"1. That the injured child was too young to understand and avoid the danger. "2. That there was reason to anticipate the presence of such children, either because of some attraction on the premises, or because the danger was in some place where children had a right to be.

"3. That there was a strong likelihood of accident.

"4. That the danger was one other than those ordinarily encountered.

"5. That the precautions not taken were such as a reasonably prudent person would have taken under the circumstances." 40 So.2d at 795.

Of these tests we find that only the second was met; children did frequent the area. With regard to the first test, the trial judge concluded that Plaintiff's child was aware of the danger of falling. The last three requisites have definitely not been met. There was no strong likelihood of an accident because these were large, stationary pipes which could not roll or tilt and, as Defendants pointed out in oral argument, were comparable to concrete mounds. It follows that because of the nature of the pipes, they presented no extraordinary danger and that there was no duty to take special precautions.

Moreover, Defendants correctly contend there is another essential necessary to constitute an attractive nuisance—it must have a hidden trap. Although in the Saxton case it was not specifically stated that there must be a hidden trap, there is language to the effect that the pond, which was held to be an attractive nuisance, was inherently dangerous and did have a nonapparent characteristic which made it, in effect, a trap. The Supreme Court described this characteristic as follows:

"That the pool was unusually dangerous and that there was a strong likelihood of an accident cannot be denied. Its banks did not slope gradually—they were abrupt, vertical; and immediately beside them the water had a depth of at least four feet." 40 So.2d at 796.

Furthermore, this court has held, since the Saxton decision, that in order to constitute an attractive nuisance an object must contain a hidden trap. Martin v. Sessum Service Corp., 174 So.2d 180; Juhas v. American Casualty Company of Reading, Pa., 140 So.2d 676; Genovese v. New Orleans Public Service, supra.

Plaintiff also cites Salter v. Zoder, 216 La. 769, 44 So.2d 862, in which a defendant was held liable when a child fell from a stack of lumber in his driveway. However, in the cited case, this lumber was covered with a galvanized iron sheet extending beyond the edges on all sides and it was the metal sheeting which caused the injury, a laceration of the cheek.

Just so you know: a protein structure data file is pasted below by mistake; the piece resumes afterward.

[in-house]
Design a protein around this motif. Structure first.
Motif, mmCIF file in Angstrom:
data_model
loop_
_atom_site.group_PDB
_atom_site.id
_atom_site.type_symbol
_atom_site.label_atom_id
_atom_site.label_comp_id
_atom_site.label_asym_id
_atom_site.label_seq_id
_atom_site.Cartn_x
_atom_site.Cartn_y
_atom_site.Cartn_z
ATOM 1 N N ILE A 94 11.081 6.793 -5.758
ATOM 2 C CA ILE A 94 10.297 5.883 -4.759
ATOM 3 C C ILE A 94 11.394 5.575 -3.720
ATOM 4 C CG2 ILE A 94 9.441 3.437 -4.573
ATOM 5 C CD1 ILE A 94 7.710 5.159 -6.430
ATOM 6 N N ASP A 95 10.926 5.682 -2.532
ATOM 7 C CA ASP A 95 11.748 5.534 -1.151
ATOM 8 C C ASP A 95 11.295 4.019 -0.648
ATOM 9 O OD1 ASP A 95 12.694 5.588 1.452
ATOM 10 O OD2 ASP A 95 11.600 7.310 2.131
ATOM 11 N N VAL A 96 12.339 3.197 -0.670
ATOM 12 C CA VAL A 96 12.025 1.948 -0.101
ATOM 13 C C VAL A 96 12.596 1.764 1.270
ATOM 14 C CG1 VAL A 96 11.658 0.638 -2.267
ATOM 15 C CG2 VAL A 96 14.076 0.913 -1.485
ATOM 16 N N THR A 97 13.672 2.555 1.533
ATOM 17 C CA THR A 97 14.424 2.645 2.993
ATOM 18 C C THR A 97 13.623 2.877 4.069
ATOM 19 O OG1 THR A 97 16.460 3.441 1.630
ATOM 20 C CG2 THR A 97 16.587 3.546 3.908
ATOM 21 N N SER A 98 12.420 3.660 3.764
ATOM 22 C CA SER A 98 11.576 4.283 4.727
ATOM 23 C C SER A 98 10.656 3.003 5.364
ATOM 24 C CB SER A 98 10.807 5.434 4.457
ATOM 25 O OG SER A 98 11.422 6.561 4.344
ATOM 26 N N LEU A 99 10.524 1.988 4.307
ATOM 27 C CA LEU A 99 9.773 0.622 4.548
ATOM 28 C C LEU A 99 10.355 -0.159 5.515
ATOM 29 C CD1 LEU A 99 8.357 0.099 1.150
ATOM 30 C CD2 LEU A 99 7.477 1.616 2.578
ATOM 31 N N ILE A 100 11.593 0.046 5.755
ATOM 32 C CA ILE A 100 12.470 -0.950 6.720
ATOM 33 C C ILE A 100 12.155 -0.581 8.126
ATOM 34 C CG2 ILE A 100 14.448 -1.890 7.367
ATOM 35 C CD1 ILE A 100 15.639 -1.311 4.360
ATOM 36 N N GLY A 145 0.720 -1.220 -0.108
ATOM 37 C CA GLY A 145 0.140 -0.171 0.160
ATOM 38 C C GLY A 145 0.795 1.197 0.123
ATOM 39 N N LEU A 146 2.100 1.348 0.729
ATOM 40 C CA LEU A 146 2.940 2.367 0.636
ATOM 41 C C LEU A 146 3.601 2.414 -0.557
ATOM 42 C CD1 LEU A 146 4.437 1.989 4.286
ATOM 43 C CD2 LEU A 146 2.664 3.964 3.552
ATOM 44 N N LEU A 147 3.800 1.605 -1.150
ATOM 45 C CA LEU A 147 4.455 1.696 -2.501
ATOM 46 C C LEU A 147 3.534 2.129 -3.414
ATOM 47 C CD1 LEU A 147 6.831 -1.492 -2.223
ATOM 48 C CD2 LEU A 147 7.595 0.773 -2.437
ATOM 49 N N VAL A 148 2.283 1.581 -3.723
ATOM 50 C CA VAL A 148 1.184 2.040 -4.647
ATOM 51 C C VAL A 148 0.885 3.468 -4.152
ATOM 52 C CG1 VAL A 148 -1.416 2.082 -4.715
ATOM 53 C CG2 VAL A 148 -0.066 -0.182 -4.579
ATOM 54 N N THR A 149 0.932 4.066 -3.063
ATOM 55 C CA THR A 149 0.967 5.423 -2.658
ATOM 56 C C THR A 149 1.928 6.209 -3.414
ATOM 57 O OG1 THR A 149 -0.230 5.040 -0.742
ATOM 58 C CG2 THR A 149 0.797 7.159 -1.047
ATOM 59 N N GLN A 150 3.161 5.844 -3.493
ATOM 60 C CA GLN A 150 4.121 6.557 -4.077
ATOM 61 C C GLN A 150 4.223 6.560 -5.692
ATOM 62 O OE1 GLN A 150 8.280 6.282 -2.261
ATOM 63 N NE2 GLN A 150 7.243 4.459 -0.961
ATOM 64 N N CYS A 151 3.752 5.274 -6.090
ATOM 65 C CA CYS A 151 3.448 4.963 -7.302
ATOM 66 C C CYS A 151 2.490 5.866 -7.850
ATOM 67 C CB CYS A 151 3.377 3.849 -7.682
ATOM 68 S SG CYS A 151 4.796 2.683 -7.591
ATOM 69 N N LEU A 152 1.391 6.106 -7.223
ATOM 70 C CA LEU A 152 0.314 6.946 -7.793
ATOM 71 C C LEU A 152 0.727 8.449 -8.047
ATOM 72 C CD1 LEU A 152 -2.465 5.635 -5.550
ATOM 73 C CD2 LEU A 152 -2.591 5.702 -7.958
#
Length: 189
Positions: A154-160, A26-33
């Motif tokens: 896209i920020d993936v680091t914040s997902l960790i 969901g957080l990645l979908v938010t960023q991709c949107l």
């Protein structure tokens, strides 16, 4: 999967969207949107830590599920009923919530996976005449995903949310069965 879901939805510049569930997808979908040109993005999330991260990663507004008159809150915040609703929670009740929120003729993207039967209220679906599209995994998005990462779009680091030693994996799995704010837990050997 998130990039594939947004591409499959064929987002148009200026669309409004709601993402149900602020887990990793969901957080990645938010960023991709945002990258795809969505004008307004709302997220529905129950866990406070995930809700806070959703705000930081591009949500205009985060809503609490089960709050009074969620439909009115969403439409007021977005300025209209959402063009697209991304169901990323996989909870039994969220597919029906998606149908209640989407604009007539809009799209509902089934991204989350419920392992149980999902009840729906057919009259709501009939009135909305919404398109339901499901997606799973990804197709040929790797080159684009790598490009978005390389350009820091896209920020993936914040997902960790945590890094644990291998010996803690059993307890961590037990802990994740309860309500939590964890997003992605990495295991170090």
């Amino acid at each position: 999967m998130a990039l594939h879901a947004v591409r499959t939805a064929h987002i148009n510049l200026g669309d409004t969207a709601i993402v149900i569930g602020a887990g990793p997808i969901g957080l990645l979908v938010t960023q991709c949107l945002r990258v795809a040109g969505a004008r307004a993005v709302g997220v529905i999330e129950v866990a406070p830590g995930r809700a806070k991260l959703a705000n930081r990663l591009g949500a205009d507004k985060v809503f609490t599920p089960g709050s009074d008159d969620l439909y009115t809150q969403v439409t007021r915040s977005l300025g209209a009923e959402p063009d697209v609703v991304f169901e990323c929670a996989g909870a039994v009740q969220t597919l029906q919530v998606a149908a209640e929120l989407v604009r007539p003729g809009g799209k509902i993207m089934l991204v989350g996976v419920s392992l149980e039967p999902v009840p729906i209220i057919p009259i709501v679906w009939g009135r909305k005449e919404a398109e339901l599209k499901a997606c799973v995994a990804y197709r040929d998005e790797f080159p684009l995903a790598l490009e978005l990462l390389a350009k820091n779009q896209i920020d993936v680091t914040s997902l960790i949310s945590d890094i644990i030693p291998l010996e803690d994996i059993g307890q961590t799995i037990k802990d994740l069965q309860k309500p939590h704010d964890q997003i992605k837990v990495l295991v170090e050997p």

Our jurisprudence is to the effect that when a child falls from something not inherently dangerous and which contains no hidden trap, there can be no application of the attractive nuisance doctrine. The reason for this was well expressed by the Supreme Court in Tomlinson v. Vicksburg S. & P. Ry. Co., 143 La. 641, 79 So. 174, in which a child, who was playing on a pile of crossties, dislodged one causing it to fall upon another child's leg. In rejecting the attractive nuisance doctrine the court said:

"Almost any object that a little child can climb or play upon is tempting or inviting to him, and almost any such object that is not intended for a child to climb or play upon is dangerous for him to climb or play upon. If a pile of cross-ties is so obviously inviting as a plaything for children that it is negligence, per se, for the owner of the premises not to observe and guard against the danger of such temptation, what should we say of any wood pile or lumber stack, a ladder, fruit tree, or any other object not less tempting to children, nor less dangerous for them to climb or play upon, than is a pile of cross-ties?" 79 So. at 175.

This same principle was followed by this court in Juhas v. American Casualty Company of Reading, Pa., supra (recovery denied for child who fell from inverted baptismal tank); Martin v. Sessum Service Corp., supra (recovery denied for a child playing on window sill of house under construction).

In his reasons for judgment, the trial judge stated succinctly why the attractive nuisance doctrine is not applicable here:

"`The fact that a thing is attractive to children is not of itself a ground for invoking the attractive nuisance doctrine. Clearly, not everything which may possibly excite the curiosity of a child amounts to an attractive nuisance. If everything containing some element of danger to a boy, of which a plaything possibly can be made by him, amounts to an attractive nuisance, there is almost no limit to the application of the doctrine.... The tendency of the courts is to exclude from the application of the attractive nuisance doctrine things not in their nature dangerous or peculiarly alluring or attractive to children, natural conditions, common or ordinary objects such as walls, fences, and gates, simple tools and appliances, and conditions arising from the ordinary conduct of a business." American Jurisprudence, Volume 38, Verbo Negligence Section 149, pages 815-16. "In the instant case, these pipes were in no way inherently dangerous; they were large and incapable of moving unless done so by heavy equipment so as to be considered analogous to a wall or a fence."

He also concluded, as do we, that there was no showing of actionable negligence on the part of Boh Bros. Construction Company.

For the above reasons the judgment appealed from is affirmed; Plaintiff to pay all costs in both courts.

Judgment affirmed.